That is to say, we have an example, it appears, of the intentional fallacy. This is what Austen meant to do or to say. We understand what she does because we declare why she did it. The context supplies meaning and motivation at once.
Similarly, Anderson’s essay interprets in a new way the uneasiness that Fanny Price in Mansfield Price feels in the presence of Mary Crawford, which generations of readers surely assumed derived from Fanny’s knowledge that not only did both of them love the same man, Edmund, but that also, most probably, Mary was his beloved rather than Fanny.For those same generations Fanny’s discomfort and unhappiness were satisfactorily accounted for as both envy and jealousy, I presume. However, under the new dispensation they are identified as sexual attraction. In fact, they turn out to constitute the love that cannot be named, in fact, the love that Austen could not name.
Anderson writes, “These unwritten plots include the suppressed or interrupted narratives of Mansfield Park that were incompatible with its plot and with social convention. Austen breaks her silence to attempt to tell the story of the ‘I’ [the interpolated narrative voice], which is the ‘desire for another logic of plot’ that cannot fit in the story or its ideology.Perhaps it is the story of a woman’s desires and their multifaceted forms that were edited post humously by her sister Cassandra down to what Janet Todd called the ‘harmless residue, of Jane Austen’s life” (182). Thus, we are informed that both Jane and Cassandra deliberately chose to conceal a lesbian story, and that that indeed was the truth all along.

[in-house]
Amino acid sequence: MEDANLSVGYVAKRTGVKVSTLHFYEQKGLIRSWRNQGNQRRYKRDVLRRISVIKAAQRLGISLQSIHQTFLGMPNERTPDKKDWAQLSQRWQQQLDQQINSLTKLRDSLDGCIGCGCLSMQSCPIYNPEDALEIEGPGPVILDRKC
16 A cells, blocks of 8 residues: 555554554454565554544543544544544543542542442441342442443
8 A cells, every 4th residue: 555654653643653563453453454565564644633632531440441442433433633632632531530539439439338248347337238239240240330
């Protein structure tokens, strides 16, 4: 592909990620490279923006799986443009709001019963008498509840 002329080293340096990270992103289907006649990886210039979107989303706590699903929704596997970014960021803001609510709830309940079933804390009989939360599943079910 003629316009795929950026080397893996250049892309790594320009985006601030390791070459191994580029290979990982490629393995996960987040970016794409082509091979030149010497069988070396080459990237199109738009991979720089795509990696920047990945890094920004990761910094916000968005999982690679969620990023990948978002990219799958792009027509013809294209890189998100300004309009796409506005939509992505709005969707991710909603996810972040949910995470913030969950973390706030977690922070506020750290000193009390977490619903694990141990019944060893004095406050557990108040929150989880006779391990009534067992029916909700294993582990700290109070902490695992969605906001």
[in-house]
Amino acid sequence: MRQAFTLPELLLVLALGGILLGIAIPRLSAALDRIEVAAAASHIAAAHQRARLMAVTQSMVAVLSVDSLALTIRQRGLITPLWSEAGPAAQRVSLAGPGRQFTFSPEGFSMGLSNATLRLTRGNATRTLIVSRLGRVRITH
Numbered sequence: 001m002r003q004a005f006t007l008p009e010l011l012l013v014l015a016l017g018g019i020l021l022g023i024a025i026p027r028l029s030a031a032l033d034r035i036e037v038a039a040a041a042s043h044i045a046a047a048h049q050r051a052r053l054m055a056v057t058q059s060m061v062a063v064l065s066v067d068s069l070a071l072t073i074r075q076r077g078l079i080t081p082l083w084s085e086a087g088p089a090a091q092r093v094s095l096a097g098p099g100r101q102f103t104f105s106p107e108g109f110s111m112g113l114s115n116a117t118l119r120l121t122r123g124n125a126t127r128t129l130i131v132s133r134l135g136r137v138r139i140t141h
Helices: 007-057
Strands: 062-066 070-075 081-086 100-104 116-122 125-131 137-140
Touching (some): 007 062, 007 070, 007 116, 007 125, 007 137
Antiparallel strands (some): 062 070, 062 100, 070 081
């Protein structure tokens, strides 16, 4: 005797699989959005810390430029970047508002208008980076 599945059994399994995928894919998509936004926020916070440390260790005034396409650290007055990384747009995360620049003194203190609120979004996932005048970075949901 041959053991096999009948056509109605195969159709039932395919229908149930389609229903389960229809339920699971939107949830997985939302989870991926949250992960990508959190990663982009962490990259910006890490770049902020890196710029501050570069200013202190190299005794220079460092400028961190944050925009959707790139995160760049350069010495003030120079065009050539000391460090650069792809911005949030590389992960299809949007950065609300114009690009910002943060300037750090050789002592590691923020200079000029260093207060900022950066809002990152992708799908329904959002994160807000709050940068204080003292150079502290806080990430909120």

In other words, to be blunt, a text can be willfully misread via a twentieth-century feminist construct and then attributed to the author herself and to her nineteenth-century family. If this is so, then truly the possibilities of criticism are inexhaustible, if not infinite. There are truly no limits when we discount contemporaneous culture.Discourses of feminism, in short, then, are with Austen herself.
If they are correct, they attempt to tell her what she must surely already know, that is, the meanings and motives behind her art. If they are wrong, then of what value are they However, the point is that they function on the level of intention and purpose rather than result and product, style and art. Hence, it is ultimately not any surprise if there is some residual resistance on the part of the text to even the most determined of critics to wrench a particular meaning out of it. Too bad we don’t just let the books speak to us.
Too bad we are often so busy speaking that we cannot always hear what they have to say.